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Retirement Savings Options


RRSPs (Registered Retirement Savings Plans) and TFSAs (Tax-Free Savings Accounts) are products designed as incentives to save. These accounts act as containers for your investments and, inside them, your money can grow and accumulate tax-free. Each account type works a little differently. 

RRSPs are a tax deferral program. You'll pay tax on your savings when you withdraw them in retirement. The idea is that you'll be in a lower marginal tax bracket in retirement than you are in your working years. However, that is not always the case. Other benefits include getting immediate tax relief by deducting your RRSP contributions from your income each year, and not having to pay tax on the money you make on your RRSP investments,  

"It all comes down to taxable income for the year, and does it make sense to drop money into an RRSP account," says Wealth Management Advisor Damen MacGillivray, "If you do it systematically throughout the year, it's not going to come back at the end of the year that you need to make a sizable deposit into your RRSPs to reduce your taxable income." 

There are limits on how much you can contribute to an RRSP each year. It is 18% of your earned income in the previous year, or the maximum contribution amount for the current tax year ($26,500 for 2019). If you don't have money to contribute in a year, you can carry forward your RRSP contribution room and use it in the future. 

For the 2020 taxation year, the RRSP contribution limit would be a maximum of $27,230, and for the 2021 taxation year, the RRSP contribution limit is $27,830. 

"An RRSP, it reduces your taxable income for the year, and you defer the growth until retirement," says MacGillivray, "The goal of it is to deposit money into it when you're earning income at a high level and then withdraw money when you're at a lower income." 

You can carry forward the RRSP contribution room that you are unable to use in any particular year. You can carry unused contribution room ahead indefinitely - well, at least until you turn 71 years of age and can no longer have an RRSP account.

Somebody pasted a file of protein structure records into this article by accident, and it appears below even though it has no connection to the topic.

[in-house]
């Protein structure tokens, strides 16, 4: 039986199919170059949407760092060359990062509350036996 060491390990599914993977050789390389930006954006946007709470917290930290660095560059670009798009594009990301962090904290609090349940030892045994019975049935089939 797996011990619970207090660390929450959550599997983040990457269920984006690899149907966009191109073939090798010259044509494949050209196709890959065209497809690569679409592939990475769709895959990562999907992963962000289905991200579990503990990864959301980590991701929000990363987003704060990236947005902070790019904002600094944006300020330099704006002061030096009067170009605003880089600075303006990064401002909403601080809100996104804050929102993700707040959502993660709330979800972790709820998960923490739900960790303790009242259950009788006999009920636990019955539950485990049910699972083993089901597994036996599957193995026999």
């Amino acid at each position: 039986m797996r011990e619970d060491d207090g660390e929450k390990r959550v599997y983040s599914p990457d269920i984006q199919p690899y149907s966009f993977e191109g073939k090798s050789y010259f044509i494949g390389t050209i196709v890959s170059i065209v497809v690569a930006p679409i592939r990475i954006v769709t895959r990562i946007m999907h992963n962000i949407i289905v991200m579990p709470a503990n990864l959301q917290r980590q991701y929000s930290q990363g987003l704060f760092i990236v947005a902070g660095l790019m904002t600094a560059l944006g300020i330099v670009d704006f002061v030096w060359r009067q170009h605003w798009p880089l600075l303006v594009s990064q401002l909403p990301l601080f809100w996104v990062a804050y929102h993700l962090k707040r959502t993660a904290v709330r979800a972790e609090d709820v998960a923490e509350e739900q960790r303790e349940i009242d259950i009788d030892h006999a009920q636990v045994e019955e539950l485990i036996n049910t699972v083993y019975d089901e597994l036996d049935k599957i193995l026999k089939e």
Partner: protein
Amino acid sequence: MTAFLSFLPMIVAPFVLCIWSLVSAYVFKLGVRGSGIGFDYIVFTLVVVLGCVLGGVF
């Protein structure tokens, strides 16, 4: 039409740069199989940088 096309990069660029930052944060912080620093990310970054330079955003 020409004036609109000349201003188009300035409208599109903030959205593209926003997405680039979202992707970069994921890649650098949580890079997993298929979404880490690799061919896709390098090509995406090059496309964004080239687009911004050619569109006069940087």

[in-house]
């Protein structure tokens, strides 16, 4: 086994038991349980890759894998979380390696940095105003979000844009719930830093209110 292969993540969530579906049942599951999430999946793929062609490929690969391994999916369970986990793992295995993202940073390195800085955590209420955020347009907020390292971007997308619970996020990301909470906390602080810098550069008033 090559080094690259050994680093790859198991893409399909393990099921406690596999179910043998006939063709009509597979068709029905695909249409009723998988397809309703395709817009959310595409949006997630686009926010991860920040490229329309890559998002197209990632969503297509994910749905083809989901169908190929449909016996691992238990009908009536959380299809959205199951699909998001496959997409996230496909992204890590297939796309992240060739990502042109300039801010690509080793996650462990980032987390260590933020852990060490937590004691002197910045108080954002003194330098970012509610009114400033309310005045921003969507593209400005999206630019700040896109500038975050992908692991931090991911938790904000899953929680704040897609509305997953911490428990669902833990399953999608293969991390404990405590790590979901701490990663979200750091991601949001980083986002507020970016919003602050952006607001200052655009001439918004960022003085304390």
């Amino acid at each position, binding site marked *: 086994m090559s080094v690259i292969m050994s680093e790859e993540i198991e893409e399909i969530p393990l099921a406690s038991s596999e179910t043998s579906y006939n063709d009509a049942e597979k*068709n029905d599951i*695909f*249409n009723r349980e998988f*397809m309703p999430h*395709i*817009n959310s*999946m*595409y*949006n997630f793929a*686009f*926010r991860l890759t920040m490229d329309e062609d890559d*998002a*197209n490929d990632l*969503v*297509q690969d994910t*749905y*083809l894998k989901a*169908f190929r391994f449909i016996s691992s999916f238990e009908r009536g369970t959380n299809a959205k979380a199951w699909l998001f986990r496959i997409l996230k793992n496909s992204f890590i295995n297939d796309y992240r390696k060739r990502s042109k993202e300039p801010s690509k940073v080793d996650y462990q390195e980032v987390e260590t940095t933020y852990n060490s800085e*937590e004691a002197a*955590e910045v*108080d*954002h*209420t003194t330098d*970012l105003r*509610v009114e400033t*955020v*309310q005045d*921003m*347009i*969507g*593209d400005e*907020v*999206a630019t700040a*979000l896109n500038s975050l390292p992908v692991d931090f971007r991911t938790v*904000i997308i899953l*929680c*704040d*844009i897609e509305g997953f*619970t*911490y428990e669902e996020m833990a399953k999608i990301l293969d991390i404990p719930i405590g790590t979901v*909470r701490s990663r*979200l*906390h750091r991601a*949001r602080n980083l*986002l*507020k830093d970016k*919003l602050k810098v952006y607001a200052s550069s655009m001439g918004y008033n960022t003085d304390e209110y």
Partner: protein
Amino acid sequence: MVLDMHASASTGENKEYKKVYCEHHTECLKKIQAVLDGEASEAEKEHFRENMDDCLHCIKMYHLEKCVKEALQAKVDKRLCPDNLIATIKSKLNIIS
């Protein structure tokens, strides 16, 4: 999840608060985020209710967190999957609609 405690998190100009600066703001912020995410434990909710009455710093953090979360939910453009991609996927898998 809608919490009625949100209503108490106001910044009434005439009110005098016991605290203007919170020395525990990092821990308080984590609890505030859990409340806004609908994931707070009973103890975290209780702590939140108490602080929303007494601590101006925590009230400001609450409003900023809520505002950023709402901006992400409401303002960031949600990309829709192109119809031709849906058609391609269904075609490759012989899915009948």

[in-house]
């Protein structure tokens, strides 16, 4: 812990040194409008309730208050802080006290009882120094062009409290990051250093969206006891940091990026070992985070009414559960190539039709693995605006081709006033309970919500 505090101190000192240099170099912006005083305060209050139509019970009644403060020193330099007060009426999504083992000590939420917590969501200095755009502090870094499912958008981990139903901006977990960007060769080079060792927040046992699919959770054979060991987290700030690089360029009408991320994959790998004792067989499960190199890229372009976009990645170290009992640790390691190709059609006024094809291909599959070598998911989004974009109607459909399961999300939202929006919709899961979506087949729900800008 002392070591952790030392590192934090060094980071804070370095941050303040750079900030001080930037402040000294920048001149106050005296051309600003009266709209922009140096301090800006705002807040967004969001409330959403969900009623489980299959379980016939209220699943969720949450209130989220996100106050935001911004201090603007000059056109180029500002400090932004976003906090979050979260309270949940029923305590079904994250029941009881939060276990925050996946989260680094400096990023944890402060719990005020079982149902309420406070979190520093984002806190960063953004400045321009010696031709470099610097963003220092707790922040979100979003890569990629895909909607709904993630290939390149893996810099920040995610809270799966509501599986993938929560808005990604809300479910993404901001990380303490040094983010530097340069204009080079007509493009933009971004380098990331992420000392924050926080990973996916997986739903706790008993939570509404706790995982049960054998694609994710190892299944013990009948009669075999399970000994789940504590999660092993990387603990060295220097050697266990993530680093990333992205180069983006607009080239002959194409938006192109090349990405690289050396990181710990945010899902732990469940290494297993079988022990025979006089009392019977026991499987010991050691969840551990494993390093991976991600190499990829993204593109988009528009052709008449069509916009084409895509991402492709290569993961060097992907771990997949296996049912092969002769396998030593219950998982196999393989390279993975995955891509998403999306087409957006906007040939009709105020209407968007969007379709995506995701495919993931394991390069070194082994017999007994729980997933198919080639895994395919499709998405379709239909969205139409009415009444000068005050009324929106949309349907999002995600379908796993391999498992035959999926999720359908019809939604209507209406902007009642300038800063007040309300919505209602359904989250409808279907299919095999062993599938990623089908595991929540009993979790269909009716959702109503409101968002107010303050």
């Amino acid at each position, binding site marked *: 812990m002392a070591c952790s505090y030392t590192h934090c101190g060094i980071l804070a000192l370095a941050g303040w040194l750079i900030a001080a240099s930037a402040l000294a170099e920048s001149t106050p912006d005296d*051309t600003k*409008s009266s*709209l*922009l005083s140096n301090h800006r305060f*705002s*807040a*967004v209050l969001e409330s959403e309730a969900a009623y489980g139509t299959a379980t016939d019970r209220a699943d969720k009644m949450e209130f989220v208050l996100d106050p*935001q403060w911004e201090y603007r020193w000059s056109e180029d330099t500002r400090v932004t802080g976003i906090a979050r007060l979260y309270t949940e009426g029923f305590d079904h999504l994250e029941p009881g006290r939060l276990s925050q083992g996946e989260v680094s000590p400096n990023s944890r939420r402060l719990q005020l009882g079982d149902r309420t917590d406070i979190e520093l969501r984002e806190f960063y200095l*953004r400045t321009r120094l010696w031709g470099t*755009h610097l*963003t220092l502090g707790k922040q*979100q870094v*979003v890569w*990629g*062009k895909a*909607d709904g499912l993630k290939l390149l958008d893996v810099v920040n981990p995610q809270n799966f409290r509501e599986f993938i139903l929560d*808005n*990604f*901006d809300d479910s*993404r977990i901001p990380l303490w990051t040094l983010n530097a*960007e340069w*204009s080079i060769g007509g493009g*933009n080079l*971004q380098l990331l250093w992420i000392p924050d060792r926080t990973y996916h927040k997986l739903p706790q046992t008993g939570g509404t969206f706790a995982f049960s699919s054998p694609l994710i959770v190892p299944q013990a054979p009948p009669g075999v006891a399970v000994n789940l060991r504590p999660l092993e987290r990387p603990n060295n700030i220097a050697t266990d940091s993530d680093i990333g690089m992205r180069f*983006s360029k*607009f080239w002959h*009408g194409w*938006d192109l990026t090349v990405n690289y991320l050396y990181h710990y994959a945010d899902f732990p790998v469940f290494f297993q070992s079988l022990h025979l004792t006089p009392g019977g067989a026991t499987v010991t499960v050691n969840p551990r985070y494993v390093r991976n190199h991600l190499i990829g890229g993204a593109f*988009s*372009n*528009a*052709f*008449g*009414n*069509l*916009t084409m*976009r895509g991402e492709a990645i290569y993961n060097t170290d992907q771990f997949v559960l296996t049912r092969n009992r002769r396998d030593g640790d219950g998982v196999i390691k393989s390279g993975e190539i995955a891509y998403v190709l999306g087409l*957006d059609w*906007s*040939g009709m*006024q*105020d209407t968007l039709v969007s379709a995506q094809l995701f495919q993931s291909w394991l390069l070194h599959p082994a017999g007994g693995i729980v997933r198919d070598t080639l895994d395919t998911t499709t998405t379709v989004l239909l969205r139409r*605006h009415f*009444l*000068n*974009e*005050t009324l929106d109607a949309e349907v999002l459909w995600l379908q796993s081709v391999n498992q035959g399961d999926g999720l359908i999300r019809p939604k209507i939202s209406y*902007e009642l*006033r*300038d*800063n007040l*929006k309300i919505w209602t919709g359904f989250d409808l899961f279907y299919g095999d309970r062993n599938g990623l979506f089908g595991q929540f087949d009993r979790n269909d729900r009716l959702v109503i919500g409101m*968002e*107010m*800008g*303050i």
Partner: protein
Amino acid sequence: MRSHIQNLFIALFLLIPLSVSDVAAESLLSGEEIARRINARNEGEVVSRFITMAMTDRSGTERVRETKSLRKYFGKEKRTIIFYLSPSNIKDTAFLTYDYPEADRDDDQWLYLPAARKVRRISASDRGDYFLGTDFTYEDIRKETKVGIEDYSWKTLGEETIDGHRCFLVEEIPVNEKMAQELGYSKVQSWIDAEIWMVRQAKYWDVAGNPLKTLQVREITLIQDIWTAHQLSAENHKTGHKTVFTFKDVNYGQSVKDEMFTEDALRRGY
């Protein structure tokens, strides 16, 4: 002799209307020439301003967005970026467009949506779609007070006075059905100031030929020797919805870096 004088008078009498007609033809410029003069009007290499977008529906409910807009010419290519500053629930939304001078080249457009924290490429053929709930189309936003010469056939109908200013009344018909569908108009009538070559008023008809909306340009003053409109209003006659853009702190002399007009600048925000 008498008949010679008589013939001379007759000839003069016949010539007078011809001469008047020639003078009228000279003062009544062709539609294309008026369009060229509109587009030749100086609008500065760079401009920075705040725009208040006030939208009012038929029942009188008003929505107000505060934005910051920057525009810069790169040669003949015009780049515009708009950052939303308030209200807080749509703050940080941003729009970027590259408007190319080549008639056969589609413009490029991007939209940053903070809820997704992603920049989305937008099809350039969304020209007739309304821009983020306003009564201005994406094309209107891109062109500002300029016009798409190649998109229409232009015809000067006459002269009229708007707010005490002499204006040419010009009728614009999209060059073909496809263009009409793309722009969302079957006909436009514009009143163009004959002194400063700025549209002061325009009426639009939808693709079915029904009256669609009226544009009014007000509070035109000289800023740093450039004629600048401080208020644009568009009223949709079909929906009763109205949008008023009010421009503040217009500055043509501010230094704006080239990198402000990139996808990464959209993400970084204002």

The value of your RRSP may go down as well as up, depending on the investments it holds. You can open an RRSP at any age as long as you have earned income and file a tax return. You must close your RRSP when your turn 71, and withdraw your savings in cash, convert your RRSP to an RRIP (Registered Retirement Income Fund) or buy an annuity. 

TFSAs are not strictly for retirement savings – you can also use them for any savings goal. TFSAs are flexible, as withdrawals can be made at any time and are tax-free because you made the contributions with after-tax dollars. You can continue to contribute to a TFSA at any age, and contributions cannot be deducted from your income tax return.  

"It's an account that should be utilized by every single person in this country because it's the only account the government gives you that you don't pay income tax on," says MacGillivray. 

The TFSA contribution limit for 2020 is $6,000. The total room available in 2020 for someone who has never contributed and has been eligible for the TFSA since its introduction in 2009 is $69,500. 

TFSA Annual Dollar Limits by Year 


























"The only difference (between RRSPs and TFSAs) is the taxable consequences on them. People get confused, thinking that investment from an RRSP is different than a TFSA, and that's not the case," adds MacGillivray, "What you shelter inside that account is the difference." 

MacGillivray also recommends maxing out your TFSA, stating that having non-registered money when your tax-free is a disservice. 





Need earned income to contribute 



Tax-deductible contributions 



Tax-free withdrawals 



Age limit for making contributions 




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